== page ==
Martinez is one in a big field

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By Jay Miller

SANTA FE — We said two weeks ago that New Mexico Gov. Susana Martinez’s selection as a Republican National Convention speaker was a slam-dunk for the committee.
Republicans have significant problems with women and minorities so the selection of several minority women with high offices was an easy call.
And now comes the news that our governor will speak immediately before Paul Ryan’s address.
That is a real coup. Her slot is being touted as second only to keynoter Gov. Chris Christie of New Jersey. Florida Sen. Marco Rubio will introduce presidential nominee Mitt Romney on the final night of the convention.
Every one of the multitude of convention speakers has a special message to deliver.
Martinez was chosen to tell the inspiring story of her life and to talk about what needs to be done to keep the promise of America for the next generation.
Other women governors chosen as speakers are South Carolina Gov. Nikki Haley and Oklahoma Gov. Mary Fallin. Other women on the convention program are U.S. Rep Kelly Ayotte of New Hampshire, Florida Attorney General Pam Bondi and Ann Romney.
Also speaking in a prime position will be former Secretary of State Condoleezza Rice, who is expected to talk about the need for a strong military. Many would have liked to see her as the vice-presidential nominee but her pro-choice position ruled that out.
Gov. Nikki Haley, who is East Indian, talked to the convention faithful about diversity and will appeal to the young. She is the youngest governor in the nation at 40.
She also can appeal to the military. Her husband is scheduled for deployment to Afghanistan next year.
Other new governors who will share the platform are Brian Sandoval of Nevada, Luiz Fortuno of Puerto Rico and Scott Walker of Wisconsin.
Like several other Hispanic elected officials, Sandoval does not speak Spanish. Martinez may sell better to Hispanics because she speaks the language well.
The tea partiers will hear from Kentucky Sen. Rand Paul, former Democratic Rep. Artur Davis of Alabama and Georgia Attorney General Sam Owens.
The swing state of Florida has numerous speakers. Among them are Rubio, Gov. Rick Scott, Rep. Connie Mack and Bondi. Former Florida Gov. Jeb Bush also is on the agenda and likely to talk about the brand of education reform New Mexico currently is experiencing.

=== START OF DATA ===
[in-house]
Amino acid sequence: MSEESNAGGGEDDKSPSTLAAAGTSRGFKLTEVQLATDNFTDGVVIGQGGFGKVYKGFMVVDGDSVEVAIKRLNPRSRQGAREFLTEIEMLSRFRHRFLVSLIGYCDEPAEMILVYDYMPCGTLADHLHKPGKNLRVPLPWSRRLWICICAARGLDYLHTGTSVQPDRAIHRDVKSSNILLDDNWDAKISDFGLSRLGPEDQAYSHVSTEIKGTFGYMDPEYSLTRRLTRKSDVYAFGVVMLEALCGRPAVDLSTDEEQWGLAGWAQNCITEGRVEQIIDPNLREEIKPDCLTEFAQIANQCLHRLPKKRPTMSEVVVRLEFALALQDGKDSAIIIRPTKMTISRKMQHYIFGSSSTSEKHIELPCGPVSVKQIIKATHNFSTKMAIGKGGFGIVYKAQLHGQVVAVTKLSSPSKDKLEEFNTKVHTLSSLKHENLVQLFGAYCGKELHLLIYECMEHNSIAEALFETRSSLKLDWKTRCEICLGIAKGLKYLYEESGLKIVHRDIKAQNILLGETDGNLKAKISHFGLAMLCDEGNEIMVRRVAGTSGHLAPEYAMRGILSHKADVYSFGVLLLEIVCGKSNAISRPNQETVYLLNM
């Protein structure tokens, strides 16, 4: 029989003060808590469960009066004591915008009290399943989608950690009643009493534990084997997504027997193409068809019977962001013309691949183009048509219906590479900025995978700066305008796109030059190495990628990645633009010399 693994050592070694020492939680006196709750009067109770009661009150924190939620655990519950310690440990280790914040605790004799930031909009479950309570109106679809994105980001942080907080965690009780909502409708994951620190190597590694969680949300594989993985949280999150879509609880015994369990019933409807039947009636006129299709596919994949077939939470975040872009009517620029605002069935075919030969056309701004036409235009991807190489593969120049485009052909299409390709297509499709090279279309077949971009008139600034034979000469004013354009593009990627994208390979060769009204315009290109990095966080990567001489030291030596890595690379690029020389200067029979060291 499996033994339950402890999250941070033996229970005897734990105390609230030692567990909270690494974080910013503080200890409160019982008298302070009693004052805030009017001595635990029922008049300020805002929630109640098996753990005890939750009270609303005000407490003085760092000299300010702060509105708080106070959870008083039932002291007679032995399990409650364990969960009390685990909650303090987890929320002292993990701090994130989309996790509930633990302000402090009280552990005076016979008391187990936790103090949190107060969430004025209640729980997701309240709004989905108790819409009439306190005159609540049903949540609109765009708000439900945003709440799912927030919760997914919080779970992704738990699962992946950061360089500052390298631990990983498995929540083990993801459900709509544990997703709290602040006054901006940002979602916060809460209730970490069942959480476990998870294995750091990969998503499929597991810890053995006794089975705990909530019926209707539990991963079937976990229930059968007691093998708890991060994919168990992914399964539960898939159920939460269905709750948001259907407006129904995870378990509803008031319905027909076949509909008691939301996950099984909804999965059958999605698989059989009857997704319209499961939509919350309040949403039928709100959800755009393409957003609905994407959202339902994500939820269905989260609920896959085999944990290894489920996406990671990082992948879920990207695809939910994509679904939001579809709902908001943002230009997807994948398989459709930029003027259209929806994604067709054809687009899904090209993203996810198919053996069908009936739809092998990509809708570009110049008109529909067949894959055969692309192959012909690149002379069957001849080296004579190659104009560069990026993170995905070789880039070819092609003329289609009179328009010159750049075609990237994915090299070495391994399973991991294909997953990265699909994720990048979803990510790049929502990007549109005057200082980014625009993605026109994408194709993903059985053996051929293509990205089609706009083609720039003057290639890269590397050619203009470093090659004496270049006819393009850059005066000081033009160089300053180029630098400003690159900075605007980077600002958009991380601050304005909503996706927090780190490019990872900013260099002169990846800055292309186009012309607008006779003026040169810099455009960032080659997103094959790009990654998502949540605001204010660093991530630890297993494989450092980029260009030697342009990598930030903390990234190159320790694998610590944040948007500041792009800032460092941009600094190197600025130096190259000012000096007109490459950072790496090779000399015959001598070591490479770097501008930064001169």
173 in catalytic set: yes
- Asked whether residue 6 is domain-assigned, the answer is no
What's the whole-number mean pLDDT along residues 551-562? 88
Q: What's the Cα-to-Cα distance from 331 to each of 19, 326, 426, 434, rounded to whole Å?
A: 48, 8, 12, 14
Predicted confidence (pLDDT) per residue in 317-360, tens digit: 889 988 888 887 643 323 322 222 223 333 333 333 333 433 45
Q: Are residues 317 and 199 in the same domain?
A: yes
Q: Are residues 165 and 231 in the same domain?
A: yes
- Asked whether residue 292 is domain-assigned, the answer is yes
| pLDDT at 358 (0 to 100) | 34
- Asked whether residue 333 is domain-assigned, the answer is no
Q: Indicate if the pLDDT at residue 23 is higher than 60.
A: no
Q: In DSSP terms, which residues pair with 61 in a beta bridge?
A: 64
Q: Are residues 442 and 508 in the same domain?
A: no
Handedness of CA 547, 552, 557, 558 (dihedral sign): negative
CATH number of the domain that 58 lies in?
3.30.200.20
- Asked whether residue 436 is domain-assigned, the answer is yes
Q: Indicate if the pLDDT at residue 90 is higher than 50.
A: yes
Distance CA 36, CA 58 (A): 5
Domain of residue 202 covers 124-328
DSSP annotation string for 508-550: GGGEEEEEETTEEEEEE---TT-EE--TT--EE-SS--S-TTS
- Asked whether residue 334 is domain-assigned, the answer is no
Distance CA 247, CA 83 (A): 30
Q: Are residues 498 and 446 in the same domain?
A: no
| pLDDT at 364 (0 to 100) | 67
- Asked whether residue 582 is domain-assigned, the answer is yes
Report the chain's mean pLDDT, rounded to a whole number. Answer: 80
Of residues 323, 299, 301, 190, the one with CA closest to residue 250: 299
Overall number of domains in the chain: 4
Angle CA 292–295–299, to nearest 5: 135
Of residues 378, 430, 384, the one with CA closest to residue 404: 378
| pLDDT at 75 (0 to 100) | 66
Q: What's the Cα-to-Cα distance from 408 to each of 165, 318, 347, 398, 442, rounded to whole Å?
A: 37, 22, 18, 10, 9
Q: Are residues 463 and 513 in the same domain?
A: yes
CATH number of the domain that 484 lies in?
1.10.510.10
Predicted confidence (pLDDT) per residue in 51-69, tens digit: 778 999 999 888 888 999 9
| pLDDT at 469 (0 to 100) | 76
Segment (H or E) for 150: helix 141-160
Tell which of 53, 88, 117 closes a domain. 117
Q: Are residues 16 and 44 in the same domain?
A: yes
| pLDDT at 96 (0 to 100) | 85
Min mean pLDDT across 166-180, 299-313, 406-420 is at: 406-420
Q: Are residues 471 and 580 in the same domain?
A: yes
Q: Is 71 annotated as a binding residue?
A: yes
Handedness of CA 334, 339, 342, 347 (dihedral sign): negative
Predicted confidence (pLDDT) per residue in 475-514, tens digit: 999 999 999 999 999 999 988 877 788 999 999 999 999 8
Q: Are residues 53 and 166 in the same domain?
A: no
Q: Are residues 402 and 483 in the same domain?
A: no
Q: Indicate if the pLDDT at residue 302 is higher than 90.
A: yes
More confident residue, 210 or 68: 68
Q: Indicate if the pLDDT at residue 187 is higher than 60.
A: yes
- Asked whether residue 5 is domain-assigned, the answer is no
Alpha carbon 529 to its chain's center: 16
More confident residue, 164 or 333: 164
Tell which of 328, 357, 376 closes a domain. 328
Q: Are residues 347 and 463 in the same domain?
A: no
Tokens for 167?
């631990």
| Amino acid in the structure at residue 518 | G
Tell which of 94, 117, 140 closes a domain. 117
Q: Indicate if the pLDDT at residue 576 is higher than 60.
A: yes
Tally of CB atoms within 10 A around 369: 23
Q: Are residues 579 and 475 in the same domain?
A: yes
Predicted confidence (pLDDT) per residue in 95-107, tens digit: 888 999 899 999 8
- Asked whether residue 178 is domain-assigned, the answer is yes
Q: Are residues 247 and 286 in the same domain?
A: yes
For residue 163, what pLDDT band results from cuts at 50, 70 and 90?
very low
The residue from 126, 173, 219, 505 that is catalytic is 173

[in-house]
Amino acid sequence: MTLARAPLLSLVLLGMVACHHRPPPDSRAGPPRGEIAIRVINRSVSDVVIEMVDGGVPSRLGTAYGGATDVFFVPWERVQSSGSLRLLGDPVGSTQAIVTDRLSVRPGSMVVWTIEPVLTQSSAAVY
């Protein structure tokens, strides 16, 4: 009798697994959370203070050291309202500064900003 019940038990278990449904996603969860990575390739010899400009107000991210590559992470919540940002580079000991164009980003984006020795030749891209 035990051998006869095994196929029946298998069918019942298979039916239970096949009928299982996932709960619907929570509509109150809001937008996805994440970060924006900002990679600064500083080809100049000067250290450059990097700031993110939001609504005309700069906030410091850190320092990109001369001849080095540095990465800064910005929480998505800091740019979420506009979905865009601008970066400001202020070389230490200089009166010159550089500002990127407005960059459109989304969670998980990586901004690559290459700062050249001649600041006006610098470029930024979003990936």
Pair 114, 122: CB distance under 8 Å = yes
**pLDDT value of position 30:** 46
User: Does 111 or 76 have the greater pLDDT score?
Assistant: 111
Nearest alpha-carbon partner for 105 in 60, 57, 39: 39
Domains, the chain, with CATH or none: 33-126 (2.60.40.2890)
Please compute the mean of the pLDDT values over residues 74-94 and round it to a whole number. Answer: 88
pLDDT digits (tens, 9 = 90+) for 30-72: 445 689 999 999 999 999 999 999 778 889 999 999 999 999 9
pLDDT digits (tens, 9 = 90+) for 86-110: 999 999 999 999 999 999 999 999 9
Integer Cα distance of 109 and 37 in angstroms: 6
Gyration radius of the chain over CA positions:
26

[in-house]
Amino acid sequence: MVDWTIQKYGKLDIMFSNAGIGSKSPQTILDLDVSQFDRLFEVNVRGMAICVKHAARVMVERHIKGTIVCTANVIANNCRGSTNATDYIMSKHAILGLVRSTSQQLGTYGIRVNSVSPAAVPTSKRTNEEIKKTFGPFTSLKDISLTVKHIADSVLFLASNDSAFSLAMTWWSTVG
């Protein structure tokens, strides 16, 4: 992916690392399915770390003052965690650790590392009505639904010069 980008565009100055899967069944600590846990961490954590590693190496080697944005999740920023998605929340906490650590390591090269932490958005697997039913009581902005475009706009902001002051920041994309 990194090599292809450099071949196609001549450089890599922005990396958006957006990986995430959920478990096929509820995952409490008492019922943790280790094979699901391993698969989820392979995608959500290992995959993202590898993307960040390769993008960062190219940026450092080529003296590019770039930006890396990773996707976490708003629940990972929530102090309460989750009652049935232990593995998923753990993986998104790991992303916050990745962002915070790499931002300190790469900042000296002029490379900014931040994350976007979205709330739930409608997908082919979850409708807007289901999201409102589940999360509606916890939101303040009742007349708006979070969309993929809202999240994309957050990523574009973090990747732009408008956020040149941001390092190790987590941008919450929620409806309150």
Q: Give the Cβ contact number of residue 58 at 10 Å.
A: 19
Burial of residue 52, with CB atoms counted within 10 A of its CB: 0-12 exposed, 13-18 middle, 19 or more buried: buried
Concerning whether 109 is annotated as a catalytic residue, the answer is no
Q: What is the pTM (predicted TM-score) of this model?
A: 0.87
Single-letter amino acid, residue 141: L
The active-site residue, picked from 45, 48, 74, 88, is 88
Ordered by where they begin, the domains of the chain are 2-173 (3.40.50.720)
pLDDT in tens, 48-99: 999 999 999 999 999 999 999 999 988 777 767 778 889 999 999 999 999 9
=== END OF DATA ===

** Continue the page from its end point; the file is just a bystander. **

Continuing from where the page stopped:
Ohio, another swing state, is represented by Gov. John Kasich, House Speaker John Boehner and U.S. Sen. Rob Portman. Pennsylvania will be represented by Rick Santorum, a former Mitt Romney challenger.
The old timers will be represented by Sen. John McCain, the GOP’s most recent presidential candidate, and Mike Huckabee, who ran against McCain in the 2008 presidential primaries and who was expected to jump in again this year.  
Instead of testing the presidential waters, Huckabee kept his popular Fox-TV show and interviewed the top candidates. He had almost exclusive access to Rep. Todd Akin as the Missouri Senate candidate debated whether to withdraw from his race. Huckabee’s convention message is expected to be directed toward Christian conservatives.
And, of course, vice-presidential candidate Ryan, a U.S.  Representative from Wisconsin, will make a major address. Ryan has been in the news more often than presidential candidate Mitt Romney lately because of his close political ties to the much-maligned Akin. That may bring some extra focus on Ryan during the convention.
Several prominent Republicans have been notable for not being included as a convention speaker. They include Sarah Palin, Michelle Bachmann, Rick Perry and Ron Paul. The blow to Rep. Paul may have been softened by the selection of his son Rand Paul to speak.
The GOP is doing something very interesting with Newt Gingrich who also is not on the list of speakers. Gingrich instead will be immersed in something convention organizers call Gingrich University. Classes are being conducted each morning of the convention on how to sell the GOP’s platform during the 2012 campaign.